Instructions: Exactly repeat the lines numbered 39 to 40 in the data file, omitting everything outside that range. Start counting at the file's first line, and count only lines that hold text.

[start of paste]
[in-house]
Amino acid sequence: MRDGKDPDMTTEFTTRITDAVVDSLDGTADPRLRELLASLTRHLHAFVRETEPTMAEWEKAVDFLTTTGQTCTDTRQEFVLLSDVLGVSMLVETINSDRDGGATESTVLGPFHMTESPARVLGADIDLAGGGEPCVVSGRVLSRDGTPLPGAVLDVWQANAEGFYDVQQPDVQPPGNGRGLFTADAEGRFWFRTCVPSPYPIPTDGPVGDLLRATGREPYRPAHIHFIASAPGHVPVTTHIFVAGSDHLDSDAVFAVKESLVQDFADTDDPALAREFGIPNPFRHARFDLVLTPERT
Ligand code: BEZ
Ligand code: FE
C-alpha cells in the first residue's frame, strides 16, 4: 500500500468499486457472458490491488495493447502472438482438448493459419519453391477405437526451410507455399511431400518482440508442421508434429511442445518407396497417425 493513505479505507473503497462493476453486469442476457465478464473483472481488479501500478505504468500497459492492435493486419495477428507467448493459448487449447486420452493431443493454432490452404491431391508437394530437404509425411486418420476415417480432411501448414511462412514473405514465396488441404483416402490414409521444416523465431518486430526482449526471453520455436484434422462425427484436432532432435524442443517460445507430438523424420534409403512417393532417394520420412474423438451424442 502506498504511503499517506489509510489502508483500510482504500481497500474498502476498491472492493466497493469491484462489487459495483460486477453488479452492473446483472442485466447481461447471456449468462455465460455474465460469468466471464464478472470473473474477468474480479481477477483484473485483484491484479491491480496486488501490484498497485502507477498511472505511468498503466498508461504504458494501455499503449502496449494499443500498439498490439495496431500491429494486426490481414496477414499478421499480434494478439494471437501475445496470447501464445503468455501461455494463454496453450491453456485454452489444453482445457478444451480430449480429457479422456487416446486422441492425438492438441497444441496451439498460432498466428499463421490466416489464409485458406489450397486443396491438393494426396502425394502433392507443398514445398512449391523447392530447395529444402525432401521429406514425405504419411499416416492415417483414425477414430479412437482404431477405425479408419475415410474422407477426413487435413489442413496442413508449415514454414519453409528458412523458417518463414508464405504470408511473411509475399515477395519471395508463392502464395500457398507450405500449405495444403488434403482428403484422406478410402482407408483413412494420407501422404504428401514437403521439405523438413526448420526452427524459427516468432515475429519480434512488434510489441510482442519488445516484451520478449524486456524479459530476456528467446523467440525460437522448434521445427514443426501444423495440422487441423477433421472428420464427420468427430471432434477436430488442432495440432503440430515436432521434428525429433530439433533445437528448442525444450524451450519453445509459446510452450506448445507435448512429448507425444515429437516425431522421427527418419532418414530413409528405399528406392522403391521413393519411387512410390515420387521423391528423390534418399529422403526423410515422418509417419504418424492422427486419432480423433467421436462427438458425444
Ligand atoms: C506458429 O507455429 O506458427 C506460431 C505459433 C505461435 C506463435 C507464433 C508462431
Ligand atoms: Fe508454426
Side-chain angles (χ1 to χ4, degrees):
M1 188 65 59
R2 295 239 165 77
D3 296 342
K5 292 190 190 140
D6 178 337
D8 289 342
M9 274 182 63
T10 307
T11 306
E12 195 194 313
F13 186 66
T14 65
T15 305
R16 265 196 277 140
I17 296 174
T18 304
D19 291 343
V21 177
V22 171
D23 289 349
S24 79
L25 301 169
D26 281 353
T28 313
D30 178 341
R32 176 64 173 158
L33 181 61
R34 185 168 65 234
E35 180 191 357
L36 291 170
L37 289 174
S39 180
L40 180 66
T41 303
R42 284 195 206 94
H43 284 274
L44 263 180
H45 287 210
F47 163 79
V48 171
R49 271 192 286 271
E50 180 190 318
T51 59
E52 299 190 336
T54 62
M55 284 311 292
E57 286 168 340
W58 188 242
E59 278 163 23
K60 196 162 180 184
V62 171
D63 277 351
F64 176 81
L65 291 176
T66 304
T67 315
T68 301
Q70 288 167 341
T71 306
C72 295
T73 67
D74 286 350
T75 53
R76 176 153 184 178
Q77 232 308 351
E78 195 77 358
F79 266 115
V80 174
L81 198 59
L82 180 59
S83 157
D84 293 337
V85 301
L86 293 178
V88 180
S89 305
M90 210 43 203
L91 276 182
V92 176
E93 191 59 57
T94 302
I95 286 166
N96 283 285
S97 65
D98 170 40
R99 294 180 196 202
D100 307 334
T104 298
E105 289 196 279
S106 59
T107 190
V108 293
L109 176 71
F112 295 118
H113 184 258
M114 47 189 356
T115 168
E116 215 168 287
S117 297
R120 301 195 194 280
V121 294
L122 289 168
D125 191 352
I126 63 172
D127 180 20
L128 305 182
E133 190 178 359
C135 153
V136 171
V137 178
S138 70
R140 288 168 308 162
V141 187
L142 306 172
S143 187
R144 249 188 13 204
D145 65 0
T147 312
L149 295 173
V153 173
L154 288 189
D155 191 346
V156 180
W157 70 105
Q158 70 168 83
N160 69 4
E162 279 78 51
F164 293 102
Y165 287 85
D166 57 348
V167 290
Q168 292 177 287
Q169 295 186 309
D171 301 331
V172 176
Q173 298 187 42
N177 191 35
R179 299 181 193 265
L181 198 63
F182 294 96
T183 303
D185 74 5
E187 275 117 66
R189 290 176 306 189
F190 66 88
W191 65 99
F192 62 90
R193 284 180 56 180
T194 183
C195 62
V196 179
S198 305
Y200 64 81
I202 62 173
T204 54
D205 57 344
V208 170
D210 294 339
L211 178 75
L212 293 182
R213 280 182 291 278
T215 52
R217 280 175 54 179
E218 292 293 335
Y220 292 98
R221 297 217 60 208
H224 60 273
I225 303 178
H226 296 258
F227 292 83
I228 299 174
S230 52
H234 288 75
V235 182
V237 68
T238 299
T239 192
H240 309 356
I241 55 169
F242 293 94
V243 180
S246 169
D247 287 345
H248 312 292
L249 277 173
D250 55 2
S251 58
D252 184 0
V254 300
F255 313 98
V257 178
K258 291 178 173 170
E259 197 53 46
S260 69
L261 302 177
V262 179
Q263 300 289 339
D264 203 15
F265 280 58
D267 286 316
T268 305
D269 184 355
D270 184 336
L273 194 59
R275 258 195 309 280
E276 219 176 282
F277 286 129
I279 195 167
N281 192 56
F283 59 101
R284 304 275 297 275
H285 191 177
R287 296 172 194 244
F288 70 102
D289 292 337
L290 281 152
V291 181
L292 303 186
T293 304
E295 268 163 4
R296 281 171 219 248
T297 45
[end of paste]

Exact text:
L37 289 174
S39 180